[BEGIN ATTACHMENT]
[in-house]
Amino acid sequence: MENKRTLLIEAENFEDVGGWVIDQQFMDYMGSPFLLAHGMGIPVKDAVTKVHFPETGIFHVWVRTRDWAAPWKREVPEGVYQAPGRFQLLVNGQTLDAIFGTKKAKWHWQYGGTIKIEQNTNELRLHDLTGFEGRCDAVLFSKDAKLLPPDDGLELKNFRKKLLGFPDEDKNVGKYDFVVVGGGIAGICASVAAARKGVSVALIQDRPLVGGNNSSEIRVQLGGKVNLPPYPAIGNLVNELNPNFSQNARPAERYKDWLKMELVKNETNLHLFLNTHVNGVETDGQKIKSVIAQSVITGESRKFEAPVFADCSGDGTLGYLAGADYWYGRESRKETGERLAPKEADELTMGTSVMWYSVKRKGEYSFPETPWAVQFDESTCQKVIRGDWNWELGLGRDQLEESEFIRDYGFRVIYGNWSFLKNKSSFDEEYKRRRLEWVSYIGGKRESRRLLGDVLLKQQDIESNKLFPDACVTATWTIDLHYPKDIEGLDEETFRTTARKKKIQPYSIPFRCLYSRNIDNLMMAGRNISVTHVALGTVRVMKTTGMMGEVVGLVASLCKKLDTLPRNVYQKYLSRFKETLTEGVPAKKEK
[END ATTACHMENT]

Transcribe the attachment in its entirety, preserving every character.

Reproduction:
[in-house]
Amino acid sequence: MENKRTLLIEAENFEDVGGWVIDQQFMDYMGSPFLLAHGMGIPVKDAVTKVHFPETGIFHVWVRTRDWAAPWKREVPEGVYQAPGRFQLLVNGQTLDAIFGTKKAKWHWQYGGTIKIEQNTNELRLHDLTGFEGRCDAVLFSKDAKLLPPDDGLELKNFRKKLLGFPDEDKNVGKYDFVVVGGGIAGICASVAAARKGVSVALIQDRPLVGGNNSSEIRVQLGGKVNLPPYPAIGNLVNELNPNFSQNARPAERYKDWLKMELVKNETNLHLFLNTHVNGVETDGQKIKSVIAQSVITGESRKFEAPVFADCSGDGTLGYLAGADYWYGRESRKETGERLAPKEADELTMGTSVMWYSVKRKGEYSFPETPWAVQFDESTCQKVIRGDWNWELGLGRDQLEESEFIRDYGFRVIYGNWSFLKNKSSFDEEYKRRRLEWVSYIGGKRESRRLLGDVLLKQQDIESNKLFPDACVTATWTIDLHYPKDIEGLDEETFRTTARKKKIQPYSIPFRCLYSRNIDNLMMAGRNISVTHVALGTVRVMKTTGMMGEVVGLVASLCKKLDTLPRNVYQKYLSRFKETLTEGVPAKKEK